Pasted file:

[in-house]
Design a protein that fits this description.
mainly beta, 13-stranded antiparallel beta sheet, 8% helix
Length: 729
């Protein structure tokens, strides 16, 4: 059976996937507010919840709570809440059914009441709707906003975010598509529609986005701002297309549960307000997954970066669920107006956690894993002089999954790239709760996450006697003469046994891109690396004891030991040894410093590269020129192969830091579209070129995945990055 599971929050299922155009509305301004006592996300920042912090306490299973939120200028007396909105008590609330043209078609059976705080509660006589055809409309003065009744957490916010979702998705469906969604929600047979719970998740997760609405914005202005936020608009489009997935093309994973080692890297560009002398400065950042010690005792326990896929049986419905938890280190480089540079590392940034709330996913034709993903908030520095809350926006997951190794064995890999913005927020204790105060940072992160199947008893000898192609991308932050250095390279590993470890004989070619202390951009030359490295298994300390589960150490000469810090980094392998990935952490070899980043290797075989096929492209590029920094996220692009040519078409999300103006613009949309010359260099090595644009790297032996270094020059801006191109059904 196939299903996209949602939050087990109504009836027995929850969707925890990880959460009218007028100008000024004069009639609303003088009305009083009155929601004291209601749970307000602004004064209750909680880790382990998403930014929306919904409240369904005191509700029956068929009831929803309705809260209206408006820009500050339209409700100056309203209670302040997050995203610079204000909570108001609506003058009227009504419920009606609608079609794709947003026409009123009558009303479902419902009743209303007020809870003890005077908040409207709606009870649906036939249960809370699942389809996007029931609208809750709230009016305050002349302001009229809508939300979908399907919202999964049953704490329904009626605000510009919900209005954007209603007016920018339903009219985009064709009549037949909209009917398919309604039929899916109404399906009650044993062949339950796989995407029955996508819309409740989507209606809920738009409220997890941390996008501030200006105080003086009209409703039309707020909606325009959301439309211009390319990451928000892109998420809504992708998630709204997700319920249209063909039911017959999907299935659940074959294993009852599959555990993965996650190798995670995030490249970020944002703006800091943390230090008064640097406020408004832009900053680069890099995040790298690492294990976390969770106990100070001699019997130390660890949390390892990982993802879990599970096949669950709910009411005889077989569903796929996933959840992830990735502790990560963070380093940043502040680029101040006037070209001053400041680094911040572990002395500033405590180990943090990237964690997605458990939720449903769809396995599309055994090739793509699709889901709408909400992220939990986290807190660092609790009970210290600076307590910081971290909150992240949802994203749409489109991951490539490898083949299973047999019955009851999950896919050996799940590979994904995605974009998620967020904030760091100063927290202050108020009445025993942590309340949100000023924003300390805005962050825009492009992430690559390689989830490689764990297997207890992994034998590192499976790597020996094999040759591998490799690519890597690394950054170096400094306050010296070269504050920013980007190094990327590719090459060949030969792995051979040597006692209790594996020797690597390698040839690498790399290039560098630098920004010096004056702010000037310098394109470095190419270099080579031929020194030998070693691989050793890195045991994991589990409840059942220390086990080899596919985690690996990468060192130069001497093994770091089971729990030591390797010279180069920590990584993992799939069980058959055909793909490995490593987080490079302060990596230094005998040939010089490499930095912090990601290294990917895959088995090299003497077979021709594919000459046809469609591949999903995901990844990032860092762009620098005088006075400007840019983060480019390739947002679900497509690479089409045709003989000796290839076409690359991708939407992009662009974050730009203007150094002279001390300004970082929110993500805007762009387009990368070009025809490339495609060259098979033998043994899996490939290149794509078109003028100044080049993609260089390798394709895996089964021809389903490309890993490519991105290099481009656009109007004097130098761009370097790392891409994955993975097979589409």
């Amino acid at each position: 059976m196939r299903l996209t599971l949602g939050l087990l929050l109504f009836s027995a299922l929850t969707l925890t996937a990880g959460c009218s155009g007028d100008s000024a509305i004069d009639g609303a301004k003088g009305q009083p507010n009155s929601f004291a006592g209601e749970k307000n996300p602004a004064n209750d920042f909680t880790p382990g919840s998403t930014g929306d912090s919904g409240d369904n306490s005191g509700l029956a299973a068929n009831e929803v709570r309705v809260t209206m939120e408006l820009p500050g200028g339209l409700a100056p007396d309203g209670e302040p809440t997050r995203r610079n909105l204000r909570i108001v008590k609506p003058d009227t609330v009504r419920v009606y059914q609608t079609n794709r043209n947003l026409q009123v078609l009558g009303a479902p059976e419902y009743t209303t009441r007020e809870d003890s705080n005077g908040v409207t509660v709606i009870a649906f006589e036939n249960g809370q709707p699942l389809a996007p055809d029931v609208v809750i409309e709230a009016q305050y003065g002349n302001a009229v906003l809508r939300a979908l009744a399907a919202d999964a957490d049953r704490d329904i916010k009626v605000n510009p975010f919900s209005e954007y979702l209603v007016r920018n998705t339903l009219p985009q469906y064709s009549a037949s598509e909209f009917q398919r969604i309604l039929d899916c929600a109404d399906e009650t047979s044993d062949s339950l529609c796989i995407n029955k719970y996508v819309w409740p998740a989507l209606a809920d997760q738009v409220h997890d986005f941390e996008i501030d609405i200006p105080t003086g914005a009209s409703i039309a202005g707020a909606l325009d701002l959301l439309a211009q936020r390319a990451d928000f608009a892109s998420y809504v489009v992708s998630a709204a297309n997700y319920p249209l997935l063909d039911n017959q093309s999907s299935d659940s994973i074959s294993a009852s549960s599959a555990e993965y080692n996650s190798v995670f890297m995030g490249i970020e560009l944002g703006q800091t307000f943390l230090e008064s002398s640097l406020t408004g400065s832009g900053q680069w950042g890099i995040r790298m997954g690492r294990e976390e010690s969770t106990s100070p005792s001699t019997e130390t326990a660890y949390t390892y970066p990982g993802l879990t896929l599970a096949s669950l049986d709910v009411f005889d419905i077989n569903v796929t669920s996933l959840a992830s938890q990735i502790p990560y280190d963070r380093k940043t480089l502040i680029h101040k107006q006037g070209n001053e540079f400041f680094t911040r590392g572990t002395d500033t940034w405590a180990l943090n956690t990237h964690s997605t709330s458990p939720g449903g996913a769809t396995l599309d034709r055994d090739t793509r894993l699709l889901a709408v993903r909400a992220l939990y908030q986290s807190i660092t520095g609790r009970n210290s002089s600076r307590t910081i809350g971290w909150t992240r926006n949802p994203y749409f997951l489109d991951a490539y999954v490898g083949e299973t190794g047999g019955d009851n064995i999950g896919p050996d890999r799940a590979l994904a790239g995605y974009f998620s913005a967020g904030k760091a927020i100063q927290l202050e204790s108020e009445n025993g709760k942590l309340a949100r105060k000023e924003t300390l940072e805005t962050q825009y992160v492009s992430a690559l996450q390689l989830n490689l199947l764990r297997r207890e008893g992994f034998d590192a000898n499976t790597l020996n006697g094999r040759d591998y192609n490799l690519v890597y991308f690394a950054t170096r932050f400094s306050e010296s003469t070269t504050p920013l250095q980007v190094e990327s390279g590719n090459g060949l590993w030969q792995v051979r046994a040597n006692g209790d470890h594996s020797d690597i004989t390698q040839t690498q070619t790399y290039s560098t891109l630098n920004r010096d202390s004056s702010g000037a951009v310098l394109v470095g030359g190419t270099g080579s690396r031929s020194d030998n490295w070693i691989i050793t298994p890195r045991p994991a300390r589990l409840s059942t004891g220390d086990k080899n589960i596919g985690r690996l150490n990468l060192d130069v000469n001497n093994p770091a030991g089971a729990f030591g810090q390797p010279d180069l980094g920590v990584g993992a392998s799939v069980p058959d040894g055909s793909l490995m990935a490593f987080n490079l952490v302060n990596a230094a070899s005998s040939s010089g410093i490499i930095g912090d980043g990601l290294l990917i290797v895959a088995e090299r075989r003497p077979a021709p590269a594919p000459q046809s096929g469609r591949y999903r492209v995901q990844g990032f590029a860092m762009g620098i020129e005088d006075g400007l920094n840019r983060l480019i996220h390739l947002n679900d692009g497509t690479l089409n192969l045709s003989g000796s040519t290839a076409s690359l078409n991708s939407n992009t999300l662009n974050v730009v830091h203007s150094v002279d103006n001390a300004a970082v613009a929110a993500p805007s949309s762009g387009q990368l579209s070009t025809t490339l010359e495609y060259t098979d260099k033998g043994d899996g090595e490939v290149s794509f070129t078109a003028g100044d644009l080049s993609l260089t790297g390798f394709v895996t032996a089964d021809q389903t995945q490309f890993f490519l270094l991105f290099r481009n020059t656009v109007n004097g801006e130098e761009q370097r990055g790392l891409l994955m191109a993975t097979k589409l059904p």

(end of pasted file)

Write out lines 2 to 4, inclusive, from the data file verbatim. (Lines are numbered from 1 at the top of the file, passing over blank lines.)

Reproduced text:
Design a protein that fits this description.
mainly beta, 13-stranded antiparallel beta sheet, 8% helix
Length: 729